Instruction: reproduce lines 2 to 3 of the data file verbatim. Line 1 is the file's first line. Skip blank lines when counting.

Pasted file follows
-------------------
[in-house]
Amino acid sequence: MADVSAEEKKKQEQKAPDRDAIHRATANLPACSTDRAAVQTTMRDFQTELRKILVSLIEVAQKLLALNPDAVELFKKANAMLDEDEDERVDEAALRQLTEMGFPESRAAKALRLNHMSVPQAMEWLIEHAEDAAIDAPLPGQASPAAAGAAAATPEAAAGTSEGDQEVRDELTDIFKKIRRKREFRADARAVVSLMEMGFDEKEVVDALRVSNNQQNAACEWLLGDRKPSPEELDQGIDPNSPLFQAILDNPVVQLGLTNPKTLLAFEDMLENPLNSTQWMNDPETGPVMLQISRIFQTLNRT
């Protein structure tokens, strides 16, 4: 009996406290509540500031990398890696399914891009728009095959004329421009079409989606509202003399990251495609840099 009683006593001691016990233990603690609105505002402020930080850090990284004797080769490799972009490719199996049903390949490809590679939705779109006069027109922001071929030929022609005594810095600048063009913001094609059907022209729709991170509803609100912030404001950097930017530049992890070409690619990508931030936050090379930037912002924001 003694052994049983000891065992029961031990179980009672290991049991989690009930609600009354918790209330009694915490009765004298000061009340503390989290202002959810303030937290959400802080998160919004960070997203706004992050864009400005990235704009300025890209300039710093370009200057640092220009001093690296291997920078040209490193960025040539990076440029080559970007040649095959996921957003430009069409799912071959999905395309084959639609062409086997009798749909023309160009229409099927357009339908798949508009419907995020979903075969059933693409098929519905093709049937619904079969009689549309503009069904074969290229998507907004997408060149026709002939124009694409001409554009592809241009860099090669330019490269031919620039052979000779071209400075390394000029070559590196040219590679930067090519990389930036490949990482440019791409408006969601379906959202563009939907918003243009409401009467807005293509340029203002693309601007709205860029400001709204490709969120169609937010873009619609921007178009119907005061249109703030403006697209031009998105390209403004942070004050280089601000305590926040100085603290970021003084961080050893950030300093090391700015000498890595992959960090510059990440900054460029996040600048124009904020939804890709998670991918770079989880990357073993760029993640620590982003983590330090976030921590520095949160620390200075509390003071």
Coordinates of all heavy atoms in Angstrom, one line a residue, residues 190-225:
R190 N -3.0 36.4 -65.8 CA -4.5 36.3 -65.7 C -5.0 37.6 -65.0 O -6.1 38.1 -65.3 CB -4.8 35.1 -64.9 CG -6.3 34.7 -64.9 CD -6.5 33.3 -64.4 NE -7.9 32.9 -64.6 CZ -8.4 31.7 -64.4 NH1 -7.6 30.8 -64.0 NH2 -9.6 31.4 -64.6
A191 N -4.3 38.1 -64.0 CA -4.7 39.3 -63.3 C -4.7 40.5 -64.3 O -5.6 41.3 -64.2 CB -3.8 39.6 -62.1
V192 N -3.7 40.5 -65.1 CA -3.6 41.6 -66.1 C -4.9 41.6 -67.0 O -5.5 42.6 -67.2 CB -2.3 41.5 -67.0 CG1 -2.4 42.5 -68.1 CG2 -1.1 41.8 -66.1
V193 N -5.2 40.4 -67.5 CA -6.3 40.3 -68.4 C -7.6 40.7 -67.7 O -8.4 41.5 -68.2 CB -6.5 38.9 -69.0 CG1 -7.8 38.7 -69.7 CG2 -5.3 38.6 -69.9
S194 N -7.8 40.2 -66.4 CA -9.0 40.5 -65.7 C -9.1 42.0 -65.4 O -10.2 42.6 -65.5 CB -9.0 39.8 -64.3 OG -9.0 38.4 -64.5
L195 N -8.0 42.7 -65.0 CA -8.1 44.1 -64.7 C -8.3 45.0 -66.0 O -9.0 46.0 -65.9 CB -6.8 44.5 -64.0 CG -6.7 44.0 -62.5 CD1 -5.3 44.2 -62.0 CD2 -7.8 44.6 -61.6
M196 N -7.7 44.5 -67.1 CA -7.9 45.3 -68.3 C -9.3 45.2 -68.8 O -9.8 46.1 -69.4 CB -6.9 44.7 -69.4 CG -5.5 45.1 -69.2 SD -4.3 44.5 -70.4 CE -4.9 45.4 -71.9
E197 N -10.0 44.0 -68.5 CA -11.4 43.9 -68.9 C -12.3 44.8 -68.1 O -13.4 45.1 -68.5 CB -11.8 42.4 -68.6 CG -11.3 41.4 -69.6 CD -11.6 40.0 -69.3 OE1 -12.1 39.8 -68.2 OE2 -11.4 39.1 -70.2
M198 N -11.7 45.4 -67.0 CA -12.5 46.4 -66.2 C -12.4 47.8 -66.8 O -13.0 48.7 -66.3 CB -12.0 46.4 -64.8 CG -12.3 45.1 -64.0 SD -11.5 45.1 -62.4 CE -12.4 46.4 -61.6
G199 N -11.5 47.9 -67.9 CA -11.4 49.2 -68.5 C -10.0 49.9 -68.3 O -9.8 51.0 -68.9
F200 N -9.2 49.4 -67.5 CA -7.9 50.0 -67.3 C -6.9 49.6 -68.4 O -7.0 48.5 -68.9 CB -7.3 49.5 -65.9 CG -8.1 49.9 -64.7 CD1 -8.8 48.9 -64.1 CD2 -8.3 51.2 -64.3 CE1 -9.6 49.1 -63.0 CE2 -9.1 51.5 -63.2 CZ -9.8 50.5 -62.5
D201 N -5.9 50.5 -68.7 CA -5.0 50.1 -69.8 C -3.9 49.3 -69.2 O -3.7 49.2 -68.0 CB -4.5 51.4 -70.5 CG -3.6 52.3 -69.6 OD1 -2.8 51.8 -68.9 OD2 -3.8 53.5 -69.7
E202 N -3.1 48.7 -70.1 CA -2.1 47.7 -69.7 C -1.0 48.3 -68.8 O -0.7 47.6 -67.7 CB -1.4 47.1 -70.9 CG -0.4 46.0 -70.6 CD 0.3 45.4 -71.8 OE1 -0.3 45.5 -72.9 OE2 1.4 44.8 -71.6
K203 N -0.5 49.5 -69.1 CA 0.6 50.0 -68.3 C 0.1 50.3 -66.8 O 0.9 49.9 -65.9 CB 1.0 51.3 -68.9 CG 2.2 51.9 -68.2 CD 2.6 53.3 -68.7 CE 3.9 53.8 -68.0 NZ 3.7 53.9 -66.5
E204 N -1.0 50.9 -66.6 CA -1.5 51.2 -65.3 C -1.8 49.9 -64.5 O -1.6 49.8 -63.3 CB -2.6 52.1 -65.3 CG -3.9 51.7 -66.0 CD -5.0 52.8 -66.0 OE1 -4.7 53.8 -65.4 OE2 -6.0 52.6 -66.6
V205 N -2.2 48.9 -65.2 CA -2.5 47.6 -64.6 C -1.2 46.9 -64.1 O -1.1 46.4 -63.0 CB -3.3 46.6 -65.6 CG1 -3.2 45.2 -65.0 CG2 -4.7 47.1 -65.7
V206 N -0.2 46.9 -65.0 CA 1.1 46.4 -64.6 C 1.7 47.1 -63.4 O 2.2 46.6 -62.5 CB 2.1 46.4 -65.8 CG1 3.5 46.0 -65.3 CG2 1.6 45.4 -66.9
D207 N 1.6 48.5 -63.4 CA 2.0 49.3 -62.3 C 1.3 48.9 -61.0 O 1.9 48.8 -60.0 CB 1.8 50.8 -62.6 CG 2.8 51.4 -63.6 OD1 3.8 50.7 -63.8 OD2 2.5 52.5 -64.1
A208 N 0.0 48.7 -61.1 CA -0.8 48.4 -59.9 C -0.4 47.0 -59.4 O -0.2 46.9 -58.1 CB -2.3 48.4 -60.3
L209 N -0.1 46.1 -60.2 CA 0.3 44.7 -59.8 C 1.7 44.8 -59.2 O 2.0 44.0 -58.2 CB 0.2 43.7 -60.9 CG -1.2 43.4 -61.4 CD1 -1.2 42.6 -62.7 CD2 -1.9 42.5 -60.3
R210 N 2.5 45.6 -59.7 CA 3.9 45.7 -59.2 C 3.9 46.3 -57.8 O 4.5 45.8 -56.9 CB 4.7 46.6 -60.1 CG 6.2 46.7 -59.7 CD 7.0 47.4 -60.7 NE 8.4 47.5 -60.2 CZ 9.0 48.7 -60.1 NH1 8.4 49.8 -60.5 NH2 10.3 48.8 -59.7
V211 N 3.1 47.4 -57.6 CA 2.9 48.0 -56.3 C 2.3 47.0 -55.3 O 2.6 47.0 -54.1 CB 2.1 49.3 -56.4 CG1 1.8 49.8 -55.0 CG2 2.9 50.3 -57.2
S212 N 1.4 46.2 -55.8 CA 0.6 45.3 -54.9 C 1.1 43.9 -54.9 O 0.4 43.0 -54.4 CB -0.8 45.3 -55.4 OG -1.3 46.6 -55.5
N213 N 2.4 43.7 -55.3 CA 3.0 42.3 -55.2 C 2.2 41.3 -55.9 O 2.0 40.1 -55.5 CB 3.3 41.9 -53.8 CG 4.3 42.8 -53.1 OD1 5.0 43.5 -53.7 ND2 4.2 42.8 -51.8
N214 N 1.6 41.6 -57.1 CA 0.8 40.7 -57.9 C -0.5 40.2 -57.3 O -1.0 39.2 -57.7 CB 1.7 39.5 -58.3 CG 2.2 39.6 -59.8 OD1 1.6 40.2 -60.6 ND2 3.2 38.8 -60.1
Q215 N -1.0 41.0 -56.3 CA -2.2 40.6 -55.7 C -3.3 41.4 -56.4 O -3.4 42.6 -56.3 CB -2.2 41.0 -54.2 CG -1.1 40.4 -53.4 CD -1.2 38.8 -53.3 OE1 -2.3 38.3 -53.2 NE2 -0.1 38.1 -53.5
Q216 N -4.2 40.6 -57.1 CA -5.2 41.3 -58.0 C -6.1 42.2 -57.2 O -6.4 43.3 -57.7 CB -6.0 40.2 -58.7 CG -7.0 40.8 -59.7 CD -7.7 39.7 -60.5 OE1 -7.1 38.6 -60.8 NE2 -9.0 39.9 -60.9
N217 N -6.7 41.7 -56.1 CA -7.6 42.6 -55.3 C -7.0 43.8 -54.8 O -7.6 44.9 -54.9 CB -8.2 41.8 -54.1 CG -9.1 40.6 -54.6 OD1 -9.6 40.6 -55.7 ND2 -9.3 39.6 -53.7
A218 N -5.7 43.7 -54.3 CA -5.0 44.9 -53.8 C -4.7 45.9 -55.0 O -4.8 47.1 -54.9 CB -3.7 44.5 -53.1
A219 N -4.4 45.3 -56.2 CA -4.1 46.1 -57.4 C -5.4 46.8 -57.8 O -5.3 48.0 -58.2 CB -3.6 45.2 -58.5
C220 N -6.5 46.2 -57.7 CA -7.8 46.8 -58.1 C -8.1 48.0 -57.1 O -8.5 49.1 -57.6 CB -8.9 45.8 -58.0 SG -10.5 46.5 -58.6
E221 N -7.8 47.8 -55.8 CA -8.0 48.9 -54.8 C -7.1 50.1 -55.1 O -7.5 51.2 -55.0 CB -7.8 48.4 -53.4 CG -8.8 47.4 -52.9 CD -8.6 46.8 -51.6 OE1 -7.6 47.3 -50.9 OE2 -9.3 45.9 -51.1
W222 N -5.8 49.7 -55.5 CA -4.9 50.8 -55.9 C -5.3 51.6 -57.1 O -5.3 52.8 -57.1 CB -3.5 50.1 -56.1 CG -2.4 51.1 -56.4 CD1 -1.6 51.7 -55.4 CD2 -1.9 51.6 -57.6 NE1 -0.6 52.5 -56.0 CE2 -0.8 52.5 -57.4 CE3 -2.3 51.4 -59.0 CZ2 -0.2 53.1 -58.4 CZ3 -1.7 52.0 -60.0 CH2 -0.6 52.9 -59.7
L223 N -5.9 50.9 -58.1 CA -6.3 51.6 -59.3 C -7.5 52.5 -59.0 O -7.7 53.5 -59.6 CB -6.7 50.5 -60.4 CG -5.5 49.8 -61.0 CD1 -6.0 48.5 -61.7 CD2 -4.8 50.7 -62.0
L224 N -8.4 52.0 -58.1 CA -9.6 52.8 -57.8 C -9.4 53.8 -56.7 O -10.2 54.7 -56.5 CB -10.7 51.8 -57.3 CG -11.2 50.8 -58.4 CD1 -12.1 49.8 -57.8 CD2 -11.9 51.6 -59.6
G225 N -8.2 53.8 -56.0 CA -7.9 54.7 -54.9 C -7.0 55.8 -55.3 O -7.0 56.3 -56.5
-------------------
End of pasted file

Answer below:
Amino acid sequence: MADVSAEEKKKQEQKAPDRDAIHRATANLPACSTDRAAVQTTMRDFQTELRKILVSLIEVAQKLLALNPDAVELFKKANAMLDEDEDERVDEAALRQLTEMGFPESRAAKALRLNHMSVPQAMEWLIEHAEDAAIDAPLPGQASPAAAGAAAATPEAAAGTSEGDQEVRDELTDIFKKIRRKREFRADARAVVSLMEMGFDEKEVVDALRVSNNQQNAACEWLLGDRKPSPEELDQGIDPNSPLFQAILDNPVVQLGLTNPKTLLAFEDMLENPLNSTQWMNDPETGPVMLQISRIFQTLNRT
């Protein structure tokens, strides 16, 4: 009996406290509540500031990398890696399914891009728009095959004329421009079409989606509202003399990251495609840099 009683006593001691016990233990603690609105505002402020930080850090990284004797080769490799972009490719199996049903390949490809590679939705779109006069027109922001071929030929022609005594810095600048063009913001094609059907022209729709991170509803609100912030404001950097930017530049992890070409690619990508931030936050090379930037912002924001 003694052994049983000891065992029961031990179980009672290991049991989690009930609600009354918790209330009694915490009765004298000061009340503390989290202002959810303030937290959400802080998160919004960070997203706004992050864009400005990235704009300025890209300039710093370009200057640092220009001093690296291997920078040209490193960025040539990076440029080559970007040649095959996921957003430009069409799912071959999905395309084959639609062409086997009798749909023309160009229409099927357009339908798949508009419907995020979903075969059933693409098929519905093709049937619904079969009689549309503009069904074969290229998507907004997408060149026709002939124009694409001409554009592809241009860099090669330019490269031919620039052979000779071209400075390394000029070559590196040219590679930067090519990389930036490949990482440019791409408006969601379906959202563009939907918003243009409401009467807005293509340029203002693309601007709205860029400001709204490709969120169609937010873009619609921007178009119907005061249109703030403006697209031009998105390209403004942070004050280089601000305590926040100085603290970021003084961080050893950030300093090391700015000498890595992959960090510059990440900054460029996040600048124009904020939804890709998670991918770079989880990357073993760029993640620590982003983590330090976030921590520095949160620390200075509390003071």